Tuesday, 11 September 2018

Music for Moods

I have nothing in common with Sergei Rachmaninov. He was twice in exile; once from his beloved Russia, the second time from Europe convulsed in wars. He ended his days in what must have seemed to him a somewhat barbaric land, playing almost non-stop in order to earn money for himself, his family, and his entourage. This evening I sat peacefully in England, with no wars currently in sight; yet I really needed to immerse myself in the music of Rachmaninov, first the second symphony, then the second piano concerto. For the symphony, only Valery Gergiev and the Kirov orchestra would do. For the second piano concerto, only Boris Giltburg could be chosen. It was an all-Russian evening, and a highly satisfactory one, at that. Strange how moods dictate musical choice, which is one reason I always hesitated before buying in advance a ticket for a musical evening. Imagine turning out at 7:30 on a Thursday to hear Haydn, when your mood says “Rachmaninov” !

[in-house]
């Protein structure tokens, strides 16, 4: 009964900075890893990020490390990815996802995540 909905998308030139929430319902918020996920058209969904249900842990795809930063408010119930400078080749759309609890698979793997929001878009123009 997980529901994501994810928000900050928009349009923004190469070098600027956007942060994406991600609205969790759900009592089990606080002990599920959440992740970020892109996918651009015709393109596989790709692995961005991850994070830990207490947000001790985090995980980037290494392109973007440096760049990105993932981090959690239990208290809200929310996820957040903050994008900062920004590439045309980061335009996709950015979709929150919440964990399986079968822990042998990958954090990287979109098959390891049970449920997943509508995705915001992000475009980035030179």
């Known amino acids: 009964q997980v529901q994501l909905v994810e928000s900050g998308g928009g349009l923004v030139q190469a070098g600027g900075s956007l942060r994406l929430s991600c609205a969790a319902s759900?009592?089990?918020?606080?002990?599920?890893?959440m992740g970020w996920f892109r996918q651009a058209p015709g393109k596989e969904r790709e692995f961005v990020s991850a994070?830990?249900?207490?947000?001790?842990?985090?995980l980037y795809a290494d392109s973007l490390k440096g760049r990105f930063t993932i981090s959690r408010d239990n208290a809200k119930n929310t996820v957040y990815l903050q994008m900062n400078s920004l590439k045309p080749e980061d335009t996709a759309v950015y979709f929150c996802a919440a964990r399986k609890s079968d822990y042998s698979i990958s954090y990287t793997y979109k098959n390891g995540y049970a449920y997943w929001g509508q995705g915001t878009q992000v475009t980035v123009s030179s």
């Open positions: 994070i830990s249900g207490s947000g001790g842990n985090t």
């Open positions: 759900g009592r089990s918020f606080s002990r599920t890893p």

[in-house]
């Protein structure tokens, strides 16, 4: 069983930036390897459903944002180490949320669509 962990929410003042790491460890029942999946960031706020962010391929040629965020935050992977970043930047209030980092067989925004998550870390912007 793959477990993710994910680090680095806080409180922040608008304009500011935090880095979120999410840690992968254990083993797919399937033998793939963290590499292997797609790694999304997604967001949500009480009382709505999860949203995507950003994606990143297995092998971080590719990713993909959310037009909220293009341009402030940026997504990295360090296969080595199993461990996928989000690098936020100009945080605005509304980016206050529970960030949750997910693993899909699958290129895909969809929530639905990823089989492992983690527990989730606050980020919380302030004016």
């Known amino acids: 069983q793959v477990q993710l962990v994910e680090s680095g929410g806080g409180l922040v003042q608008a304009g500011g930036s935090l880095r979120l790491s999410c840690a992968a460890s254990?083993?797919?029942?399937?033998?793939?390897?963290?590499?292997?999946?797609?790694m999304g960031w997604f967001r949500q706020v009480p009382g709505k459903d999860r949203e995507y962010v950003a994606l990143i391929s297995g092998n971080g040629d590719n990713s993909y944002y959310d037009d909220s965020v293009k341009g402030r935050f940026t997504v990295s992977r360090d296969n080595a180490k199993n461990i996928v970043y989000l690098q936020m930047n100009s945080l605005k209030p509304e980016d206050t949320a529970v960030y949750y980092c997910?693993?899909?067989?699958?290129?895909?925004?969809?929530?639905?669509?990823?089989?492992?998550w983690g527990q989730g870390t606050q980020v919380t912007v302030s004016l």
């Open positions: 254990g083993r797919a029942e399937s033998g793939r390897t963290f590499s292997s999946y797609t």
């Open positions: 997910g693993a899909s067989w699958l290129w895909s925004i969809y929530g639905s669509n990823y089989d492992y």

Friday, 7 September 2018

Arkadi Volodos

Just over a year ago, I was enthusing over a CD where the Russian pianist, Arkadi Volodos, plays thirteen piano pieces by Johannes Brahms. I returned to it today and admired it more than ever. Volodos plays with (apparent) simplicity; listening to him, each piece seems to receive its ideal performance. Cannot ever be bettered.

There are musicians who have a high profile because of all sorts of reasons. Often their recording companies, managers, and impresarios would like to convert them into pop music phenomena because, as we all know, pop musicians make lodsa money for themselves, their recording companies, and their managers. There are other musicians who are highly respected without all the PR razzmatazz; Kirill Petrenko, and Arkadi Volodos spring to mind among the modern highly respected musicians. Neither man appears to give interviews; Volodos lives quietly in Spain and records and concertises from time to time, playing what he wants to play. In terms of publicity seeking, he is the modern equivalent of Clara Haskil who just played what she wanted, with whomsoever she wanted. I am always sceptical about “fame” that is measured in column inches; real fame is when you sit down and listen to someone playing, singing or conducting and exclaim: “Gosh!” Which is what I did this evening listening to Arkadi Volodos playing Brahms.